5. Bread Pieces - I make bread crumbs at home using the same process. It takes care of unused slices, too. 

Simply break the slices into large chunks, spread on a tray (no need for absorbent paper either) and allow to dry in fridge for a couple of days. Move the chunks around everyday so that they are all exposed. Again they can be transferred to a bowl when sufficiently dry, and then ground into powder for bread crumbs.
I like to coat my veg patties with two layers of fresh bread crumbs. Often some of these ground crumbs are left over (as seen in the bowl placed over the tray). These, too, can be dried in the fridge and later ground to finer powder and stored in air-tight container.

So this is my story of how my fridge does extra work to keep us stocked with dried herbs, etc.

Please note that if you live in a high humidity area, the drying time may increase, but the effort will not.

To recap -
1. Wash, remove stems, leave to dry under a fan for some time if you wish. It speeds up the next step.
2. Spread out the leaves over some absorbent sheet on a flat tray. Try not to use fibrous material coz as the leaves dry they tend to get caught in the fibres.
3. Place in fridge for a few days, depending on the leaves. Rustle them occasionally to allow equal chance for exposure.
4. Once they are a bit dry, you can conveniently shift them into a smaller container or bowl for further drying.
5. When dried to a crisp, store in air-tight jars as is or after grinding to powder.

This may read like a lot of work, but it is the least labour-intensive method and the dried leaves retain their aroma. The green colour is also closer to the original than store-bought herb powders or if we dry them in sunlight. See, that's another advantage of drying in the fridge - no need to cover against dust or bugs!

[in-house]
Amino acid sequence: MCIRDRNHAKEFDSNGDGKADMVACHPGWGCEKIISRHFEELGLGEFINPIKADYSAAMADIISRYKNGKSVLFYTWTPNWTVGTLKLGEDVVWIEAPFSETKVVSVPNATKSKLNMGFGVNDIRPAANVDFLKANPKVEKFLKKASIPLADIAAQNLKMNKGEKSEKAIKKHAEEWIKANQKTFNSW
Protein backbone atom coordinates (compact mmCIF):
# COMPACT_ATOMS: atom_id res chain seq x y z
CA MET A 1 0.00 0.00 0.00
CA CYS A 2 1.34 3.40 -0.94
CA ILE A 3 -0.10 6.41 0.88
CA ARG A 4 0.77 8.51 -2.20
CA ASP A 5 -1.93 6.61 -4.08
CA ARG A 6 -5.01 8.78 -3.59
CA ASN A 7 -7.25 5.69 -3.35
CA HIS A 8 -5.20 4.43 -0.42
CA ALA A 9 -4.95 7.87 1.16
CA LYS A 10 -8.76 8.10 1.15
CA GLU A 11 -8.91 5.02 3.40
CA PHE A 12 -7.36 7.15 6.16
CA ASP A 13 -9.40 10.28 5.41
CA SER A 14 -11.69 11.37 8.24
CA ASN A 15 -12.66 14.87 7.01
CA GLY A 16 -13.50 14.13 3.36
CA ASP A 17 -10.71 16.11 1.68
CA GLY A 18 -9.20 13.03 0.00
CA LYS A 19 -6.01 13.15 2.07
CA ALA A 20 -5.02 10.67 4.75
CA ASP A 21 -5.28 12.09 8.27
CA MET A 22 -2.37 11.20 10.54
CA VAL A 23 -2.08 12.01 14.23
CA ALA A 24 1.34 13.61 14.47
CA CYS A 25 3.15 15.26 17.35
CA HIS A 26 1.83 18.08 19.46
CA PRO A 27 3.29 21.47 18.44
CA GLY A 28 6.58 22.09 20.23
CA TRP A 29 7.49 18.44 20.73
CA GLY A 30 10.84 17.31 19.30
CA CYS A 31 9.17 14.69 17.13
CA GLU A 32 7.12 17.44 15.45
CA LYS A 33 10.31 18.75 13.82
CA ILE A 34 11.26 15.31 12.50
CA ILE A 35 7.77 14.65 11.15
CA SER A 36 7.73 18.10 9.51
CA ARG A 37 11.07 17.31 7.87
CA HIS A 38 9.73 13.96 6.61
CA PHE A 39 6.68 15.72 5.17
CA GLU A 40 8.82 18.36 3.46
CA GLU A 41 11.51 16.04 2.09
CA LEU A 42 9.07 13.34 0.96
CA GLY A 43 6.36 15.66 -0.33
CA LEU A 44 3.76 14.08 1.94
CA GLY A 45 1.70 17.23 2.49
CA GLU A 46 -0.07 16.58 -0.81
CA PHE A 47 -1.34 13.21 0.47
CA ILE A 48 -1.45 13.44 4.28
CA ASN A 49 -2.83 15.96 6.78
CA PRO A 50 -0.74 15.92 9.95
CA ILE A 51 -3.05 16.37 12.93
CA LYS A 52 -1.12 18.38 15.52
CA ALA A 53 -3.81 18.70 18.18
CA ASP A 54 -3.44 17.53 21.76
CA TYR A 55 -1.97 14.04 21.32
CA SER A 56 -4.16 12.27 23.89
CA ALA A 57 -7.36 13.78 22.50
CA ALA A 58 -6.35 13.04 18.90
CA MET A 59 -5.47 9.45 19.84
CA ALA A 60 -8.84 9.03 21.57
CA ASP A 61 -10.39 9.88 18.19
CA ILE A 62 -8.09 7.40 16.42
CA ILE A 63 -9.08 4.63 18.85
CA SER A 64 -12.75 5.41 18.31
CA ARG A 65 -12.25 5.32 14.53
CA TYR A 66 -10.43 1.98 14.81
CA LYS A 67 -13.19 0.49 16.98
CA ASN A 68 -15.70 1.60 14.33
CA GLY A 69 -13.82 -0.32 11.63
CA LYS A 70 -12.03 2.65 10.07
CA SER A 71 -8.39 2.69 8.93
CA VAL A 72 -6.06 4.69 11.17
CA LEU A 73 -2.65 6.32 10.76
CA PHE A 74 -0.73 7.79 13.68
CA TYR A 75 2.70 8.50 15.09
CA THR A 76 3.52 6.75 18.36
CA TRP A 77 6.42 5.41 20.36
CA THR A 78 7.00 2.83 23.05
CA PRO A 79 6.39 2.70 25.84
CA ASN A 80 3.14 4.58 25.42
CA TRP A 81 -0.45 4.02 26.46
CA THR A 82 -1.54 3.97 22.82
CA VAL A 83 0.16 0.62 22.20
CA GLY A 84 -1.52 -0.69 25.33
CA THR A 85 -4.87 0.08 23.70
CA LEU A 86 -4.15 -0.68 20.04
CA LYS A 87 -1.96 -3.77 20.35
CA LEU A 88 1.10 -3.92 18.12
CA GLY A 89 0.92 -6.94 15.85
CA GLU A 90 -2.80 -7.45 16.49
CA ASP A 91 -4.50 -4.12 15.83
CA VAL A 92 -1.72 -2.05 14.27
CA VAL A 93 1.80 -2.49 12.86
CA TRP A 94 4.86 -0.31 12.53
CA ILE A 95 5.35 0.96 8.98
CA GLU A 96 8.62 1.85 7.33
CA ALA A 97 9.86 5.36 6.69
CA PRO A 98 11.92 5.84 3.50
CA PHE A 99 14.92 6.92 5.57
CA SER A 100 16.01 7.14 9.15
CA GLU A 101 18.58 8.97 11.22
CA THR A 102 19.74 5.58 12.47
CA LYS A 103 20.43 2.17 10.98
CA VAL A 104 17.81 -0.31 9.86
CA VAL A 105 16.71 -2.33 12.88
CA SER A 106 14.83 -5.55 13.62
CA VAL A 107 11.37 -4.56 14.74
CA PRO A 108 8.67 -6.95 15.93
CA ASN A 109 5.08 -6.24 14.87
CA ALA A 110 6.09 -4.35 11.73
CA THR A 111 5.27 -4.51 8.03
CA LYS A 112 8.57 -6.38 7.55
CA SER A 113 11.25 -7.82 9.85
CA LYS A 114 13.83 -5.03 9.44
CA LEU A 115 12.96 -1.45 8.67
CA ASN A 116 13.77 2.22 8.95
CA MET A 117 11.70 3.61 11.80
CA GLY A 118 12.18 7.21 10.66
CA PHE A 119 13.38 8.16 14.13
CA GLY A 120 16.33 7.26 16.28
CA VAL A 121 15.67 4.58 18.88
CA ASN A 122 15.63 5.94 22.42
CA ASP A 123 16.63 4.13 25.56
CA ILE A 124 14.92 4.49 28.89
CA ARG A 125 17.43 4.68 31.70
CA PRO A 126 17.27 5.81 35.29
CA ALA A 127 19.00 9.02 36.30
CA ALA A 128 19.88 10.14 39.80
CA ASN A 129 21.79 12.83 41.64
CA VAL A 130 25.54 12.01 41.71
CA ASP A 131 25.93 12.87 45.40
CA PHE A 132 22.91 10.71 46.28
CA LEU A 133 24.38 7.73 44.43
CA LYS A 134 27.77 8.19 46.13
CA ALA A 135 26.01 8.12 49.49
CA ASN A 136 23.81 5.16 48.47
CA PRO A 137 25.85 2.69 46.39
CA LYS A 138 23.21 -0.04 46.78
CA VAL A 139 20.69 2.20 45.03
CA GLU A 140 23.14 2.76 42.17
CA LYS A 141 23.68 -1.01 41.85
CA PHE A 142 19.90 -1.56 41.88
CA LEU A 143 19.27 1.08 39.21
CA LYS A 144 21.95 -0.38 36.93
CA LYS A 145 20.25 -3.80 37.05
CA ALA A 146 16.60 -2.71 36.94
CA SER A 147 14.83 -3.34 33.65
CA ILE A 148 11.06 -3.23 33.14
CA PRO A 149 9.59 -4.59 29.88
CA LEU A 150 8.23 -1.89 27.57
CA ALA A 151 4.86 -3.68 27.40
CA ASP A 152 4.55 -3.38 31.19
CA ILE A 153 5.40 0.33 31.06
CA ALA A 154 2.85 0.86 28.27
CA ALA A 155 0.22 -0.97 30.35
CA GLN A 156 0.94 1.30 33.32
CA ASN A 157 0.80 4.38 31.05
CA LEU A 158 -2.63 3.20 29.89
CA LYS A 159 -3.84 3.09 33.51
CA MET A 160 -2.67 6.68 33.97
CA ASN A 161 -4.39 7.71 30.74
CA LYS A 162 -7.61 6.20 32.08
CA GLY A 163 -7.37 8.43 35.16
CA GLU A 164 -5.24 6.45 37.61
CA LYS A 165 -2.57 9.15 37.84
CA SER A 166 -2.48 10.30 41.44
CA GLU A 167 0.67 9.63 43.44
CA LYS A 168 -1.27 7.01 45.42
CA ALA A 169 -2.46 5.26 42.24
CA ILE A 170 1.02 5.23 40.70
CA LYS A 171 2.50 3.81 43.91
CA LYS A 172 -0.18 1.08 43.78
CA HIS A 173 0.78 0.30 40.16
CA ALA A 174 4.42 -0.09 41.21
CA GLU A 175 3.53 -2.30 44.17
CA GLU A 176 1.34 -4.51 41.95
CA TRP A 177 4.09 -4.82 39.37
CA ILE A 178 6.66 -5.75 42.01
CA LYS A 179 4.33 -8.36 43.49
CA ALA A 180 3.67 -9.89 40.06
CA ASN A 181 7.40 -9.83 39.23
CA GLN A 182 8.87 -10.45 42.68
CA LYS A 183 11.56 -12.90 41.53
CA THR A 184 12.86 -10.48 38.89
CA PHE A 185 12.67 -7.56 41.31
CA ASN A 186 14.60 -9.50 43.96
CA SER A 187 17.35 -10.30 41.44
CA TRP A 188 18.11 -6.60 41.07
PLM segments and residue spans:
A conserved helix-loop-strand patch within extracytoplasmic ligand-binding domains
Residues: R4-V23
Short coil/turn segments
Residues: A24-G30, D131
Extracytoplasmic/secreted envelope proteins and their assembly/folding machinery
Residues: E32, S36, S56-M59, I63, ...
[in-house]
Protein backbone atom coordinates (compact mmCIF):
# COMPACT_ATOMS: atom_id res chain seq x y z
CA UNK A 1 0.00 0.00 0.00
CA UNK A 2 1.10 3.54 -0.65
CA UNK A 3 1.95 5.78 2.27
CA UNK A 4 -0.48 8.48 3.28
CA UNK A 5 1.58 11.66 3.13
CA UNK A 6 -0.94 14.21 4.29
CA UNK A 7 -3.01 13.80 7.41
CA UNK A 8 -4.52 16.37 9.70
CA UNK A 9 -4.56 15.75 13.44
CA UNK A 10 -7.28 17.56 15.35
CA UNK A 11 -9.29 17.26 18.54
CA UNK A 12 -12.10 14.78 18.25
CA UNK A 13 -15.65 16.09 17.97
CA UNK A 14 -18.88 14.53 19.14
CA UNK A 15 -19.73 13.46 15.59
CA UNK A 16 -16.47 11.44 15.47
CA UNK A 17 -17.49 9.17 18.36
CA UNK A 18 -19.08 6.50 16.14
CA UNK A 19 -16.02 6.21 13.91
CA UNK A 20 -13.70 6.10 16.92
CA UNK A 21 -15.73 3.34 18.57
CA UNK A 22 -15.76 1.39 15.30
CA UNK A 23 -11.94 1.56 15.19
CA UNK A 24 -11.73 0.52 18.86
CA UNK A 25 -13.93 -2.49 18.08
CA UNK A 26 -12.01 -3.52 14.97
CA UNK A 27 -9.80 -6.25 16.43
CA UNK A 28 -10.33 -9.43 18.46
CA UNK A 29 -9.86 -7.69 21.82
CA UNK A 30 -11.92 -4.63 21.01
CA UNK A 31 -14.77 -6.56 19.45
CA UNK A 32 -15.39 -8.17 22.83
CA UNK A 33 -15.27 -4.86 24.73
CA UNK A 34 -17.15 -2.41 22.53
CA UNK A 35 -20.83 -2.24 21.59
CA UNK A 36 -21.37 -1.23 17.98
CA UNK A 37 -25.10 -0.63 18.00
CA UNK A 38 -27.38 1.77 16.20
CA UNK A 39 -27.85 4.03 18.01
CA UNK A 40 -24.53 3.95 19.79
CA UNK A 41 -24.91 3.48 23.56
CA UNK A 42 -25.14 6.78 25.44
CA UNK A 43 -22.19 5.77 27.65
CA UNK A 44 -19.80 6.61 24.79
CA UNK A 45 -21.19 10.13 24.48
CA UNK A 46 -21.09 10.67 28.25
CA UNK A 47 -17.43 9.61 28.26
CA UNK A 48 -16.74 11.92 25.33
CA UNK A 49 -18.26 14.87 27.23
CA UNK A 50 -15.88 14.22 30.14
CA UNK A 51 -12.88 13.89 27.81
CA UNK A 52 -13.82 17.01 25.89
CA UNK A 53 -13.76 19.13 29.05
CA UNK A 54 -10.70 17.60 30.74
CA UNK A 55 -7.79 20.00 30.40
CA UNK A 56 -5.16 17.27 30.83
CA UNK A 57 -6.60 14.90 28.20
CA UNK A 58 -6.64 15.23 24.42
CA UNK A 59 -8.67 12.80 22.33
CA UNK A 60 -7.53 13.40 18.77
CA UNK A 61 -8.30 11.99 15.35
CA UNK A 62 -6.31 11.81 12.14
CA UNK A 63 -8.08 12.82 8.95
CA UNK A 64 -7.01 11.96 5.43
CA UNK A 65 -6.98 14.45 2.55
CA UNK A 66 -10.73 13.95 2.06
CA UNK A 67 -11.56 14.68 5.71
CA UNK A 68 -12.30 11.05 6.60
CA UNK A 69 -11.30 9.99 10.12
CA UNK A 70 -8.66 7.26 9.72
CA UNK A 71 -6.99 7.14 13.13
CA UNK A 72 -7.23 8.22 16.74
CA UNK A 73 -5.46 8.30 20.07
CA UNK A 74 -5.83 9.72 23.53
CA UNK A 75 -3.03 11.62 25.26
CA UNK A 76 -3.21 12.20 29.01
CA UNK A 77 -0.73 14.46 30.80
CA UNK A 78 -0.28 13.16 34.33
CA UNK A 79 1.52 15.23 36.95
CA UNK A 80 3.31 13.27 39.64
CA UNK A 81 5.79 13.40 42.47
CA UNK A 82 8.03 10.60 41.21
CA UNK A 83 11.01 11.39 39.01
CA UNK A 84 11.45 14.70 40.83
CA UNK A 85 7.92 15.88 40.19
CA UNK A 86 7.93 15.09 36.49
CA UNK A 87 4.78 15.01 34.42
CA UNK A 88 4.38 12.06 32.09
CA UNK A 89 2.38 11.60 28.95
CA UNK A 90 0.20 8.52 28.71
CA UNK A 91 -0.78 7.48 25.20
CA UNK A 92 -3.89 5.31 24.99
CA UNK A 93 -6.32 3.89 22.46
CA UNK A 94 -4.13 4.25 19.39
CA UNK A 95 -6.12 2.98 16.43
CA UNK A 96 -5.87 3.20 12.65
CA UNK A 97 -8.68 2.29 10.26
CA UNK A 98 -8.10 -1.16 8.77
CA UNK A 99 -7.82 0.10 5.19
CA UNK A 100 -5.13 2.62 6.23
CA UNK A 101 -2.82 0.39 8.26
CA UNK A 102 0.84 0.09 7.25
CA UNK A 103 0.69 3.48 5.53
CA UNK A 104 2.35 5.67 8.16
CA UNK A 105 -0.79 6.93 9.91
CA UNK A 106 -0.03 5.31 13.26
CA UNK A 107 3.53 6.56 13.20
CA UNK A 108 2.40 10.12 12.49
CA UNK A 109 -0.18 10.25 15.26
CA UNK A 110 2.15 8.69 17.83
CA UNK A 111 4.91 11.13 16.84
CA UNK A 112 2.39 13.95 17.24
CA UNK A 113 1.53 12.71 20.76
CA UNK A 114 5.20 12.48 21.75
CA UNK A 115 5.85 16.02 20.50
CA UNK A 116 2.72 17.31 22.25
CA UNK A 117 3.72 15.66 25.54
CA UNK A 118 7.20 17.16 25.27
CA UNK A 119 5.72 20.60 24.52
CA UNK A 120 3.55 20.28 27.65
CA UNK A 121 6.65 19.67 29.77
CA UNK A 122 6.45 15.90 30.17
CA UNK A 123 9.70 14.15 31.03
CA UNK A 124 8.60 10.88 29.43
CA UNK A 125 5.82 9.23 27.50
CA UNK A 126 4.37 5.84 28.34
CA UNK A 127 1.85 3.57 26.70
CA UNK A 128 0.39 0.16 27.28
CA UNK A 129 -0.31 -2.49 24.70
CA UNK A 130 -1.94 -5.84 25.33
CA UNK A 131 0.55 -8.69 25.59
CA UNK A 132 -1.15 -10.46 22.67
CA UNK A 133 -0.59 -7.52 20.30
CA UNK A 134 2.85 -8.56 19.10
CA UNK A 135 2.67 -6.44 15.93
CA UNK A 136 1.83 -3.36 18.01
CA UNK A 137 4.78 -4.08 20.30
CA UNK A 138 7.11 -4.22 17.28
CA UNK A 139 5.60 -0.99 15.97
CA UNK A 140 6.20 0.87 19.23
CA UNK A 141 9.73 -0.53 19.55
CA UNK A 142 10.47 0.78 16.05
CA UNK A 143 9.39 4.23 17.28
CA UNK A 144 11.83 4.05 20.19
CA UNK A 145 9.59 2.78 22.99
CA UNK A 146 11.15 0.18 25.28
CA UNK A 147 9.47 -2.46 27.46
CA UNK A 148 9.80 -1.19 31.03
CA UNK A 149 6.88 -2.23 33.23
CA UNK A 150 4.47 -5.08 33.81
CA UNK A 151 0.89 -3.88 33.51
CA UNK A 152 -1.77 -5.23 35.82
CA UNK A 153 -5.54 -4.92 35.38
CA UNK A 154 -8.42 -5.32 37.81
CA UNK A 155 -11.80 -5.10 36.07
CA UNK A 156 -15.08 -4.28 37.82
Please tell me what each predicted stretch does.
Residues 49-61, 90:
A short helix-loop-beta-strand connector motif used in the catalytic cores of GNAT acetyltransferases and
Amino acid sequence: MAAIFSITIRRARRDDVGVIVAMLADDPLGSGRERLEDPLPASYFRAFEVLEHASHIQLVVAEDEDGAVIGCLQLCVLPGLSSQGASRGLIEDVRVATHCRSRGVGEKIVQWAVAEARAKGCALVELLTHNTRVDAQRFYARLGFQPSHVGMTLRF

How do you dry your herbs or make bread crumbs? 


  1. That’s really interesting, thanks. I’ll read it again carefully.

  2. I had no idea that fridges reduce humidity. I think the one we have is a bit failing in that department. My mom dries herbs on newspapers on top of furniture and the air here is so dry, they don't need to stay long. Thank you for the idea! I'll tell my mom about it too, maybe she might give it a try.
    Speaking of bread crumbs, we always buy them, but if we were to make them at home, I'd toast the bread a bit to give it more flavour :)

    1. Lavi, leave anything open in the fridge and the top layer will start crusting. If kept covered, it will remain fine. Would love to know if your Mom tries it. 🍃❤️

      Hmm, i hadn't realised toasted bread crumbs give flavour.I had tried it once (with some 'burnt' toast, and you can guess the result, LOL). However, I should've mentioned that I use these crumbs as binding in the patties. For crust, I dip in slurry and use freshly ground bread, twice.

  3. I had no idea I could use my fridge for drying, very interesting post thank you, I will be trying this with my mint.

    1. Would love to hear your feedback and verdict when you give it a whirl, Margaret 🍃❤️
      About a week back I had emailed you. Hope the message didn't go into the spam folder.

  4. Bardzo ciekawe informacje :)

    1. Thank you, Maryla. 🍃❤️ Hope you give it a try.